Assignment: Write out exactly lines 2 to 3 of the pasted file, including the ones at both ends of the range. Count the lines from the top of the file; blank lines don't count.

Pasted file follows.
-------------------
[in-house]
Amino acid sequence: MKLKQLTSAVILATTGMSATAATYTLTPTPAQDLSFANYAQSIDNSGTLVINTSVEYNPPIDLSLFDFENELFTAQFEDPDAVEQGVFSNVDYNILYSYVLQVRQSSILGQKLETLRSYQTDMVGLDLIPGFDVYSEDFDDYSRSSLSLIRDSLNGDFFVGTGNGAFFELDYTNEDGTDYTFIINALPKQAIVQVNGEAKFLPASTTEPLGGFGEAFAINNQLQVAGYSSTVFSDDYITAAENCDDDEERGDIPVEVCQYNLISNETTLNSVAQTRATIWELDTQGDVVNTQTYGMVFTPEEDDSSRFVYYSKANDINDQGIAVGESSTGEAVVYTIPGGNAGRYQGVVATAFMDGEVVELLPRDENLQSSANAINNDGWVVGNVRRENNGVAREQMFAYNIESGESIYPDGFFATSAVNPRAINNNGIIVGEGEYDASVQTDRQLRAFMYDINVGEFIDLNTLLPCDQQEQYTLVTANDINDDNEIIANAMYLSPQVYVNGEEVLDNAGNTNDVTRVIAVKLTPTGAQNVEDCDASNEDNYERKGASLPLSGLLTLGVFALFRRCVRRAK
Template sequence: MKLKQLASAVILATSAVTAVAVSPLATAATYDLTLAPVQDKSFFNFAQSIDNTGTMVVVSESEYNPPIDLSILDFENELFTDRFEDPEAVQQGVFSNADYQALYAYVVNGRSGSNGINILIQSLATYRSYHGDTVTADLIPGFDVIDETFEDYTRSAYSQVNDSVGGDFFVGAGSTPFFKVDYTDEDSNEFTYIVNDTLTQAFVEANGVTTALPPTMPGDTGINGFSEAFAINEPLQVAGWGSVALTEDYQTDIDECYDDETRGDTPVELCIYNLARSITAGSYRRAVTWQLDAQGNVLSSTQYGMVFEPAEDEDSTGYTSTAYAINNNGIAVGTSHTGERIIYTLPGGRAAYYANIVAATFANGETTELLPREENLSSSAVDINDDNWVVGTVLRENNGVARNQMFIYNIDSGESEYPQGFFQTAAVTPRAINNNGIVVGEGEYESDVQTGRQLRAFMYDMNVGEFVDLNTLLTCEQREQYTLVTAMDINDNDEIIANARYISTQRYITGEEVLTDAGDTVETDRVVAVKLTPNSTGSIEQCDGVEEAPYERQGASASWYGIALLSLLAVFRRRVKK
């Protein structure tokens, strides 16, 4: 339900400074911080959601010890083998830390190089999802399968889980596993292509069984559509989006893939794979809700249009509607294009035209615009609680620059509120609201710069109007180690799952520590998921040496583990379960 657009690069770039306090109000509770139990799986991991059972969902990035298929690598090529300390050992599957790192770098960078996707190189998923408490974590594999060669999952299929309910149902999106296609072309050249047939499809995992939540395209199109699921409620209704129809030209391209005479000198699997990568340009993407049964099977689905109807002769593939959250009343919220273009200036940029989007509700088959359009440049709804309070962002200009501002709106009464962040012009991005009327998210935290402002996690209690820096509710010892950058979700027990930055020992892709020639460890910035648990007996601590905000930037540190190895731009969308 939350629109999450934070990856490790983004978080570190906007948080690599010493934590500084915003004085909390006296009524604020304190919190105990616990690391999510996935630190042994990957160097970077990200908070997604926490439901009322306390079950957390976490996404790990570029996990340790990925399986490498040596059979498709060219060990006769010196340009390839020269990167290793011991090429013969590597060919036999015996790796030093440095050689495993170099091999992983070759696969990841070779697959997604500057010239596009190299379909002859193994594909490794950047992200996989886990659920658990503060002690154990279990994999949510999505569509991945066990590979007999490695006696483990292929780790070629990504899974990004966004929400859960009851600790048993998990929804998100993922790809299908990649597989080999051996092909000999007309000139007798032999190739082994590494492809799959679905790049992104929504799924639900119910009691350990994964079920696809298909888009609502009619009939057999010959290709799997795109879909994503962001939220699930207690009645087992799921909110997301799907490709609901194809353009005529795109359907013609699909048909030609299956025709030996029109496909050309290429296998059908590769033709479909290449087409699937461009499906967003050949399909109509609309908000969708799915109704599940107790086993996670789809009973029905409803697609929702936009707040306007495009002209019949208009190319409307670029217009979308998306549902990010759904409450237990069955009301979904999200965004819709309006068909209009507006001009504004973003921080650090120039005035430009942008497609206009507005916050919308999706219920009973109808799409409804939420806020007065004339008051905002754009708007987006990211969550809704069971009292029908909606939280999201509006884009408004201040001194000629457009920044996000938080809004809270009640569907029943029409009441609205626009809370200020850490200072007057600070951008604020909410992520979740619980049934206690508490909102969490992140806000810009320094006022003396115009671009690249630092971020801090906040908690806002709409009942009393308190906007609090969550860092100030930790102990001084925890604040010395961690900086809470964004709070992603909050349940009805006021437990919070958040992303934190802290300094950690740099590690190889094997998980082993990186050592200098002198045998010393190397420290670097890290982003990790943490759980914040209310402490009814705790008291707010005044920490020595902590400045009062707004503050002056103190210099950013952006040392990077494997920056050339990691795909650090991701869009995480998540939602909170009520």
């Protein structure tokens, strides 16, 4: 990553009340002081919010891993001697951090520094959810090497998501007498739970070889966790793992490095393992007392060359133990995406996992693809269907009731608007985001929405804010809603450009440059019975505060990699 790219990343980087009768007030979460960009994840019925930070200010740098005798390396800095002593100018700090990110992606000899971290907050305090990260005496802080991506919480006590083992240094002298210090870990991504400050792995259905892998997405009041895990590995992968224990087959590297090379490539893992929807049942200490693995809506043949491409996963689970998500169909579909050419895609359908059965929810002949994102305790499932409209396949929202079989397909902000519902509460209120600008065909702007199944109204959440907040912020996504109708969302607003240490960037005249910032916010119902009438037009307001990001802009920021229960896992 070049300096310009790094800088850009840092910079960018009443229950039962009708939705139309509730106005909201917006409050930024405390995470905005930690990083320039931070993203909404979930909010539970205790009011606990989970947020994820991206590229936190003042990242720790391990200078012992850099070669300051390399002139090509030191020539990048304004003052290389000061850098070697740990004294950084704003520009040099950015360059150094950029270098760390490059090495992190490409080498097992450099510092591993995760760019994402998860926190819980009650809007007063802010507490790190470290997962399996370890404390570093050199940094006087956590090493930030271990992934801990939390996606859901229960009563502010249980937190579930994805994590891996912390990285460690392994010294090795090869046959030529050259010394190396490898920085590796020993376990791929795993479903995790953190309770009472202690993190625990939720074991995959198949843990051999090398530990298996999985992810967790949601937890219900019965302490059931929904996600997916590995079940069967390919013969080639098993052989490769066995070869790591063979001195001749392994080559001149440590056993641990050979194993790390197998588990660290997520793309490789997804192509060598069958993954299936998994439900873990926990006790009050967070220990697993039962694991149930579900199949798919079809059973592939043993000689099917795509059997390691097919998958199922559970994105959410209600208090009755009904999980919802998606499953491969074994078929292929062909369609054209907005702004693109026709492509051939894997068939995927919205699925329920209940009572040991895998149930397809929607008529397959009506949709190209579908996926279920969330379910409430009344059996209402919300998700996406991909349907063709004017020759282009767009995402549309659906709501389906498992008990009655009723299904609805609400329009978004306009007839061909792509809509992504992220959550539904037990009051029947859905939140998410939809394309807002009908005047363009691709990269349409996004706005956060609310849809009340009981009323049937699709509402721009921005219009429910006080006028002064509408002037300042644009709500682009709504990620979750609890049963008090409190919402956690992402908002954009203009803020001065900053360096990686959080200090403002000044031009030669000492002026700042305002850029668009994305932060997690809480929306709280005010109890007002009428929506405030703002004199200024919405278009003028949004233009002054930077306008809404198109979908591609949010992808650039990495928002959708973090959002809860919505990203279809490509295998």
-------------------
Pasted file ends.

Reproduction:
Amino acid sequence: MKLKQLTSAVILATTGMSATAATYTLTPTPAQDLSFANYAQSIDNSGTLVINTSVEYNPPIDLSLFDFENELFTAQFEDPDAVEQGVFSNVDYNILYSYVLQVRQSSILGQKLETLRSYQTDMVGLDLIPGFDVYSEDFDDYSRSSLSLIRDSLNGDFFVGTGNGAFFELDYTNEDGTDYTFIINALPKQAIVQVNGEAKFLPASTTEPLGGFGEAFAINNQLQVAGYSSTVFSDDYITAAENCDDDEERGDIPVEVCQYNLISNETTLNSVAQTRATIWELDTQGDVVNTQTYGMVFTPEEDDSSRFVYYSKANDINDQGIAVGESSTGEAVVYTIPGGNAGRYQGVVATAFMDGEVVELLPRDENLQSSANAINNDGWVVGNVRRENNGVAREQMFAYNIESGESIYPDGFFATSAVNPRAINNNGIIVGEGEYDASVQTDRQLRAFMYDINVGEFIDLNTLLPCDQQEQYTLVTANDINDDNEIIANAMYLSPQVYVNGEEVLDNAGNTNDVTRVIAVKLTPTGAQNVEDCDASNEDNYERKGASLPLSGLLTLGVFALFRRCVRRAK
Template sequence: MKLKQLASAVILATSAVTAVAVSPLATAATYDLTLAPVQDKSFFNFAQSIDNTGTMVVVSESEYNPPIDLSILDFENELFTDRFEDPEAVQQGVFSNADYQALYAYVVNGRSGSNGINILIQSLATYRSYHGDTVTADLIPGFDVIDETFEDYTRSAYSQVNDSVGGDFFVGAGSTPFFKVDYTDEDSNEFTYIVNDTLTQAFVEANGVTTALPPTMPGDTGINGFSEAFAINEPLQVAGWGSVALTEDYQTDIDECYDDETRGDTPVELCIYNLARSITAGSYRRAVTWQLDAQGNVLSSTQYGMVFEPAEDEDSTGYTSTAYAINNNGIAVGTSHTGERIIYTLPGGRAAYYANIVAATFANGETTELLPREENLSSSAVDINDDNWVVGTVLRENNGVARNQMFIYNIDSGESEYPQGFFQTAAVTPRAINNNGIVVGEGEYESDVQTGRQLRAFMYDMNVGEFVDLNTLLTCEQREQYTLVTAMDINDNDEIIANARYISTQRYITGEEVLTDAGDTVETDRVVAVKLTPNSTGSIEQCDGVEEAPYERQGASASWYGIALLSLLAVFRRRVKK